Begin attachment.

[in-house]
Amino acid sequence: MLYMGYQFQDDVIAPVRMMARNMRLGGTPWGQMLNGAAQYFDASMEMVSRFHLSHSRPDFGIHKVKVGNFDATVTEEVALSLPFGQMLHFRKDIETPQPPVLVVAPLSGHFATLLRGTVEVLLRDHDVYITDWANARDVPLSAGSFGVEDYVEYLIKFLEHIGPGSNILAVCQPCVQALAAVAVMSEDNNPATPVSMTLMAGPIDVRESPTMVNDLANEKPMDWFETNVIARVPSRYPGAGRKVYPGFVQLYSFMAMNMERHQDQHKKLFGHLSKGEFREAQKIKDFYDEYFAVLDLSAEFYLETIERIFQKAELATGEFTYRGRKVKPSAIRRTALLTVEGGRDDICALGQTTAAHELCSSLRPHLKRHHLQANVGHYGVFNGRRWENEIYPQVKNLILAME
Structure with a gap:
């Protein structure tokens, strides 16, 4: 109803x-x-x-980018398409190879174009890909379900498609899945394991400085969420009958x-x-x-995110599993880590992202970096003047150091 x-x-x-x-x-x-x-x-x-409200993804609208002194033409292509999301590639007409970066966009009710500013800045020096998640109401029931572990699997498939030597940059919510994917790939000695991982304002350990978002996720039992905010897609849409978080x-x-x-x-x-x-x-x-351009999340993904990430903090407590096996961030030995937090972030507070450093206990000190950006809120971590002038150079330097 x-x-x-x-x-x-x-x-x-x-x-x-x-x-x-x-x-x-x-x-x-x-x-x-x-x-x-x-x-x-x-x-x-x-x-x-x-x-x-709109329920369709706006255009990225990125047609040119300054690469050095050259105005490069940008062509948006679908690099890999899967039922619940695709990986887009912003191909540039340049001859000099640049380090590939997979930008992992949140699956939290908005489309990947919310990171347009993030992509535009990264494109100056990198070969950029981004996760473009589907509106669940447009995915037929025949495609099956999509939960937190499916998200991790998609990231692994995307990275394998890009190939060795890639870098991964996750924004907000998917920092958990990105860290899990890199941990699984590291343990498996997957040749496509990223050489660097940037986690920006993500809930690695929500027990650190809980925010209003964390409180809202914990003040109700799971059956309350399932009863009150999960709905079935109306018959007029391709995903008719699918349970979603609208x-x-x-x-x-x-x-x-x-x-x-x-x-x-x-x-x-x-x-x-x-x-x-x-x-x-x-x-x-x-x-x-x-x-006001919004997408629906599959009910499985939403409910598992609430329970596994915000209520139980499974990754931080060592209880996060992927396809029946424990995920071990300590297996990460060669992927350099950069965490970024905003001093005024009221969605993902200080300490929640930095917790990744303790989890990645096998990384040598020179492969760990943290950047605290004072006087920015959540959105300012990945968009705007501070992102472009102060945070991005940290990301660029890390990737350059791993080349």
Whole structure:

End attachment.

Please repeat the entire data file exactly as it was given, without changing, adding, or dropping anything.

[in-house]
Amino acid sequence: MLYMGYQFQDDVIAPVRMMARNMRLGGTPWGQMLNGAAQYFDASMEMVSRFHLSHSRPDFGIHKVKVGNFDATVTEEVALSLPFGQMLHFRKDIETPQPPVLVVAPLSGHFATLLRGTVEVLLRDHDVYITDWANARDVPLSAGSFGVEDYVEYLIKFLEHIGPGSNILAVCQPCVQALAAVAVMSEDNNPATPVSMTLMAGPIDVRESPTMVNDLANEKPMDWFETNVIARVPSRYPGAGRKVYPGFVQLYSFMAMNMERHQDQHKKLFGHLSKGEFREAQKIKDFYDEYFAVLDLSAEFYLETIERIFQKAELATGEFTYRGRKVKPSAIRRTALLTVEGGRDDICALGQTTAAHELCSSLRPHLKRHHLQANVGHYGVFNGRRWENEIYPQVKNLILAME
Structure with a gap:
């Protein structure tokens, strides 16, 4: 109803x-x-x-980018398409190879174009890909379900498609899945394991400085969420009958x-x-x-995110599993880590992202970096003047150091 x-x-x-x-x-x-x-x-x-409200993804609208002194033409292509999301590639007409970066966009009710500013800045020096998640109401029931572990699997498939030597940059919510994917790939000695991982304002350990978002996720039992905010897609849409978080x-x-x-x-x-x-x-x-351009999340993904990430903090407590096996961030030995937090972030507070450093206990000190950006809120971590002038150079330097 x-x-x-x-x-x-x-x-x-x-x-x-x-x-x-x-x-x-x-x-x-x-x-x-x-x-x-x-x-x-x-x-x-x-x-x-x-x-x-709109329920369709706006255009990225990125047609040119300054690469050095050259105005490069940008062509948006679908690099890999899967039922619940695709990986887009912003191909540039340049001859000099640049380090590939997979930008992992949140699956939290908005489309990947919310990171347009993030992509535009990264494109100056990198070969950029981004996760473009589907509106669940447009995915037929025949495609099956999509939960937190499916998200991790998609990231692994995307990275394998890009190939060795890639870098991964996750924004907000998917920092958990990105860290899990890199941990699984590291343990498996997957040749496509990223050489660097940037986690920006993500809930690695929500027990650190809980925010209003964390409180809202914990003040109700799971059956309350399932009863009150999960709905079935109306018959007029391709995903008719699918349970979603609208x-x-x-x-x-x-x-x-x-x-x-x-x-x-x-x-x-x-x-x-x-x-x-x-x-x-x-x-x-x-x-x-x-x-006001919004997408629906599959009910499985939403409910598992609430329970596994915000209520139980499974990754931080060592209880996060992927396809029946424990995920071990300590297996990460060669992927350099950069965490970024905003001093005024009221969605993902200080300490929640930095917790990744303790989890990645096998990384040598020179492969760990943290950047605290004072006087920015959540959105300012990945968009705007501070992102472009102060945070991005940290990301660029890390990737350059791993080349």
Whole structure: